Community partners joined first-time Principal Ben Lundy of Byram Middle School to rally against bullying during it’s Anti-Bullying Awareness Day, February 9. During three different sessions from 10:30 a.m. – 3:40 p.m. the anti-bullying team raised the level of consciousness of boys in grades 6-8.
The occasion’s theme was Stop Bullying – Together We Can Be Bully Free. Juan Cloy, Mississippi project director of Fight Crime: Invest in Kids, said social networks are ideal tools for various kinds of bullying. He discussed the social networks which included cyber bullying, digital fingerprints, and cyber stalking.
Cloy mentioned that many children become victims because messages are sent to intimidate or threaten them. He said many children commit suicide because they believe they are being controlled by online bullying. He appealed to the boys to stand up against bullying by “standing up against people who bully.”
O’nae Chatman, nationally renowned speaker and founder of Chatman International LLC, cautioned the students to be more than bystanders by adhering to the tools of character, leadership, commitment, and self- esteem. “If we have more people speaking against bullying, the less people we will have who are pro bullying,” said the speaker. Chatman then suggested that the boys be game changers. “You can change the game. You’re powerful. Be the change. Think before you speak. You can actually change the game. The choice is yours,” Chatman charged.
Kenneth Bryant, Community Relations, Hinds County Sheriff’s Department, informed the crowd that they have to live with the choices they make and face the consequences of their actions. “When you make the wrong choice, you have to wear special shoes and special clothes. Police will find you. You become suspect,” Bryant asserted. “Treat people like you want to be treated,” he added.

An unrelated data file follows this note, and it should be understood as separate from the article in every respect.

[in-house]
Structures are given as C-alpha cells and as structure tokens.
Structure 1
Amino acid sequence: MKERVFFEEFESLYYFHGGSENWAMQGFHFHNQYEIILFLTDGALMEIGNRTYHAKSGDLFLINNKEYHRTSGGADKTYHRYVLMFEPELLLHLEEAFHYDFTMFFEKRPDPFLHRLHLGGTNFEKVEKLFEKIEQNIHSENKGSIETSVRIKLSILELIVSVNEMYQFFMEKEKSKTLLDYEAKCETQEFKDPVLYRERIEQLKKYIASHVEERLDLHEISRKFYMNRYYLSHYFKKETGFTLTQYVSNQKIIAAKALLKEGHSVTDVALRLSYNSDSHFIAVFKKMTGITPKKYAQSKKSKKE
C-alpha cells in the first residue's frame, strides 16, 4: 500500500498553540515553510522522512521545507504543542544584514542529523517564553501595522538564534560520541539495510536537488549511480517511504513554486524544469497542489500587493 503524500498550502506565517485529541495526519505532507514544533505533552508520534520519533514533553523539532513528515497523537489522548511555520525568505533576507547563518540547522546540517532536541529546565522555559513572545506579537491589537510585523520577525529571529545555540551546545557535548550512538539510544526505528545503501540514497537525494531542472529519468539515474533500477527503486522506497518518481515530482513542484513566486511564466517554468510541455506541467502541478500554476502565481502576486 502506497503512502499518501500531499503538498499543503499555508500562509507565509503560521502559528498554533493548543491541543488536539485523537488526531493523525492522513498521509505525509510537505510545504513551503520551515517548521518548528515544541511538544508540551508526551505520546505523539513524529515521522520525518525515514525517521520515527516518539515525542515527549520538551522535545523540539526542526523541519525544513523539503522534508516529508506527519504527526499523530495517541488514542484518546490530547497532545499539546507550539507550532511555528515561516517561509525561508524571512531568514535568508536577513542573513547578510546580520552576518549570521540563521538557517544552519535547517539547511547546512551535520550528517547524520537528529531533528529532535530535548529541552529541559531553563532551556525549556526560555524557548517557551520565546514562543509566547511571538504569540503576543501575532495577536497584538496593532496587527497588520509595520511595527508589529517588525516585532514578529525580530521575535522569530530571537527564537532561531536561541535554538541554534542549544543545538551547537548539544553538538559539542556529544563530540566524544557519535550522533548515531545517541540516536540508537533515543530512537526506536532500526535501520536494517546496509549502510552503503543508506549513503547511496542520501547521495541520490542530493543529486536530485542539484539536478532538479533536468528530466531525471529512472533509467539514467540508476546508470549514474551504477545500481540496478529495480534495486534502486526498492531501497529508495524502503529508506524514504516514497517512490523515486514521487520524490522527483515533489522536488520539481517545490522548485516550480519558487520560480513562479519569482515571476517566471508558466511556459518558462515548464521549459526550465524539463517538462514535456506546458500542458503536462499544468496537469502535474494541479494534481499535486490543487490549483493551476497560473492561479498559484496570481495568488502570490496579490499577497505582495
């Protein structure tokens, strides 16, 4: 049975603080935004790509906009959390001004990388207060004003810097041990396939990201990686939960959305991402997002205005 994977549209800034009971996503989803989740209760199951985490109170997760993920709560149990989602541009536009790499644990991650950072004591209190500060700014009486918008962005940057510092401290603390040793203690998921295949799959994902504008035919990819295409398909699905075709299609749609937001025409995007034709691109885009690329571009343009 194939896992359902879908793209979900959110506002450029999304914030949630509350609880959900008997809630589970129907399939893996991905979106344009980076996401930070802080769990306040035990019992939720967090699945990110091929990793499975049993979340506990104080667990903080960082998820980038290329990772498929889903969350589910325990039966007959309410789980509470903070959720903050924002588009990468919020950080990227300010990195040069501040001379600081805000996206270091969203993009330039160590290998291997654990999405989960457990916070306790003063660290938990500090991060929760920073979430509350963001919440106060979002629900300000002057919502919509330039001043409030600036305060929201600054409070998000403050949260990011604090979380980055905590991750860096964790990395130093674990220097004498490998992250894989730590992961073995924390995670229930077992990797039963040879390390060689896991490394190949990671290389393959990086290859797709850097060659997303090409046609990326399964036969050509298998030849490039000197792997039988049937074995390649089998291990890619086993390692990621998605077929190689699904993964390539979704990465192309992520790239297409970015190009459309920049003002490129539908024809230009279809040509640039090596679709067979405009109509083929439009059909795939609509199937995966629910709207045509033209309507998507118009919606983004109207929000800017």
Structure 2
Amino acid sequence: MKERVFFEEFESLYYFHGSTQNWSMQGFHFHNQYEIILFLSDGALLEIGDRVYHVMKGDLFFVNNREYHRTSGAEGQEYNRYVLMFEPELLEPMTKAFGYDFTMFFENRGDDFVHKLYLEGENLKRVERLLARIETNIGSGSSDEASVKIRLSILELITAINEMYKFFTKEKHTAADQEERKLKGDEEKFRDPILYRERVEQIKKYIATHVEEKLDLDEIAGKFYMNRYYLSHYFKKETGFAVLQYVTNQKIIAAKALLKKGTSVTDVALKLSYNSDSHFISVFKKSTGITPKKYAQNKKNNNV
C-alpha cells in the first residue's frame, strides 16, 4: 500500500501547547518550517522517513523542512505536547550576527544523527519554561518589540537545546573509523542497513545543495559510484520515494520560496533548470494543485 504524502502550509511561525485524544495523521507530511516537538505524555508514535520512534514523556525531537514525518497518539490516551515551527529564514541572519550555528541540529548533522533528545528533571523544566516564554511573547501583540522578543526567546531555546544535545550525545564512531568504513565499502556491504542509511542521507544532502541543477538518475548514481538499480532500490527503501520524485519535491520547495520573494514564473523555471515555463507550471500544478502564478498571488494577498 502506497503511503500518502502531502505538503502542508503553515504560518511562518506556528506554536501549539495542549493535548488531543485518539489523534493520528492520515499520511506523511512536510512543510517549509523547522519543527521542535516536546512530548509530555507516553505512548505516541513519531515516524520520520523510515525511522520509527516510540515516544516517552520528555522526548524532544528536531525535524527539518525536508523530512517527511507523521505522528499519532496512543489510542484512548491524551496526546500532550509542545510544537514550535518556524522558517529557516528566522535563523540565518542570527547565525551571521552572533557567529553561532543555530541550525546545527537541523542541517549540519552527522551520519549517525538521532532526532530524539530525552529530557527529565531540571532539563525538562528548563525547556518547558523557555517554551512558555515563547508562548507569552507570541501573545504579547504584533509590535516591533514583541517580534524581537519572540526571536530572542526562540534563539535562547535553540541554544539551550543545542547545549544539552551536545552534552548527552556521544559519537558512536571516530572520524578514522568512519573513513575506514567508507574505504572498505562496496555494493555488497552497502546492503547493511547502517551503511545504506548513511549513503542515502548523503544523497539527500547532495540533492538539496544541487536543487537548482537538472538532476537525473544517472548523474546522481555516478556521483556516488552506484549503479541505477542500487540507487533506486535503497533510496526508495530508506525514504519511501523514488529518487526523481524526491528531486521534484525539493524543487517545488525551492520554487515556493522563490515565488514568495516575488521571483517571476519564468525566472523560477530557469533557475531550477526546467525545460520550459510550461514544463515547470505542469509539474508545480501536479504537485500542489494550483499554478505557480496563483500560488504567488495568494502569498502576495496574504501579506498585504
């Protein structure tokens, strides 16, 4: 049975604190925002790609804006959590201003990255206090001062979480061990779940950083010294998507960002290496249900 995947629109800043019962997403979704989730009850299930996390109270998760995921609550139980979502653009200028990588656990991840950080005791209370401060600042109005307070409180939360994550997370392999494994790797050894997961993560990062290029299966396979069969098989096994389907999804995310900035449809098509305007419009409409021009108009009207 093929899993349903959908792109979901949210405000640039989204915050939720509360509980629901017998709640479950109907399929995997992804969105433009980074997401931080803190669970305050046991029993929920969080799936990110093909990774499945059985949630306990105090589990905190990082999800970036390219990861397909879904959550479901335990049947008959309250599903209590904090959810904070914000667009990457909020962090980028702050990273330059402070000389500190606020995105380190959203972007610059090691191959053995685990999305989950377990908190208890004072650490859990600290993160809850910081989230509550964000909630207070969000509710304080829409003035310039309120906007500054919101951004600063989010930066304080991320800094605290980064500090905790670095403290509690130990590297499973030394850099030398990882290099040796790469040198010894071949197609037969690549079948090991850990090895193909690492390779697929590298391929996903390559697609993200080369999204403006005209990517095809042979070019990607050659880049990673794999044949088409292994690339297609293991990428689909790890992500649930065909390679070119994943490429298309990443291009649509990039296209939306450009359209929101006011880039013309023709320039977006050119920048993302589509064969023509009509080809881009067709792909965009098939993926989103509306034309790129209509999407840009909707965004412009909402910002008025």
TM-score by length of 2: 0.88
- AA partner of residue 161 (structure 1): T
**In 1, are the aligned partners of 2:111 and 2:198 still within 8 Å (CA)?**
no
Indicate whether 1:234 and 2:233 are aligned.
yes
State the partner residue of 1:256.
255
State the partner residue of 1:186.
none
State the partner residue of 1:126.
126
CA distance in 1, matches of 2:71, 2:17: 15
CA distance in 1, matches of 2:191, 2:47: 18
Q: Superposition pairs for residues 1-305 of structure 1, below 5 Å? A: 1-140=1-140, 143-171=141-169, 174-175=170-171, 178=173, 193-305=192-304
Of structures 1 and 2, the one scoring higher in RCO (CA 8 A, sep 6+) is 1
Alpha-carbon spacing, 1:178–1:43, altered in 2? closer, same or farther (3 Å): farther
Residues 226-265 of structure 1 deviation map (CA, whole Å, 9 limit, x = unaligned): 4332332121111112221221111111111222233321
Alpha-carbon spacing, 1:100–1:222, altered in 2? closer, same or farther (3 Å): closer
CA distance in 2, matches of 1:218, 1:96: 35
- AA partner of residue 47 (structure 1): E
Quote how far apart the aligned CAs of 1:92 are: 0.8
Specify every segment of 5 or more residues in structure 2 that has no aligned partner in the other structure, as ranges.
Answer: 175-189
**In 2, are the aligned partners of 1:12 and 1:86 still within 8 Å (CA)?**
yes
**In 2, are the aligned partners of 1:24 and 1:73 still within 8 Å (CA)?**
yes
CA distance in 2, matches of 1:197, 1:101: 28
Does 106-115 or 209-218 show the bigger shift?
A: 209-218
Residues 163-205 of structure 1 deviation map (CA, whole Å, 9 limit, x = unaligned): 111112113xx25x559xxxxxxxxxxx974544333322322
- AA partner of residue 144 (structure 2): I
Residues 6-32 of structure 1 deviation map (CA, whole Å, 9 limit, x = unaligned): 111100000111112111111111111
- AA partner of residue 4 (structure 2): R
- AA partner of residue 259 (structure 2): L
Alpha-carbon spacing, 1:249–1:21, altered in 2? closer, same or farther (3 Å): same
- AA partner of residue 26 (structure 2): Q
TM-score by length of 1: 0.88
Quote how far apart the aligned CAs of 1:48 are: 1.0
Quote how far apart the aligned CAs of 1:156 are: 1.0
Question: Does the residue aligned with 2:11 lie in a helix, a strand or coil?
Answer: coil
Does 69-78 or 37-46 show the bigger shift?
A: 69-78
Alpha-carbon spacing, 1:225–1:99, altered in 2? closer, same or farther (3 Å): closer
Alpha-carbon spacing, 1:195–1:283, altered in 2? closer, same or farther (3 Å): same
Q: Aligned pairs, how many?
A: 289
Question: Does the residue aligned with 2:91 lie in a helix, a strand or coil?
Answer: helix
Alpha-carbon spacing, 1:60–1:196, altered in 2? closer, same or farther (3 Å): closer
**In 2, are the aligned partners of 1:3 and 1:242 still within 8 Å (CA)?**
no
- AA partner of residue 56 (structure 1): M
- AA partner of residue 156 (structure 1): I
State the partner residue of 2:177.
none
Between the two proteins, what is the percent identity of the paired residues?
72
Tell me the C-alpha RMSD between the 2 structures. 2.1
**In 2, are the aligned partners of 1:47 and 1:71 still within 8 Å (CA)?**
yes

John Neal (Ed.S.), associate superintendent of Community Relations, Hinds County Schools, explained that anti-bullying falls under dropout prevention team initiatives which consist of approximately 35 people from various professions, including administrators, parents, law enforcement, community college representatives, health care providers, politicans, students, counselors, teachers, exceptional services, and behavioral health services. “This project is a first-time effort. Our job is to design initiatives that support what the district and school already do. The anti-bullying initiative strives to educate children to recognize bullying and get help. We are projecting to receive data from the previous year to determine the number of case reductions there might be,” said Neal.
Lundy expressed gratitude to the speakers who addressed anti-bullying. He emphasized that the children needed to hear representatives other than teachers and administrators at Byram Middle School discuss the consequences of bullying. “The message is not received the same as that of a different voice,” he commented.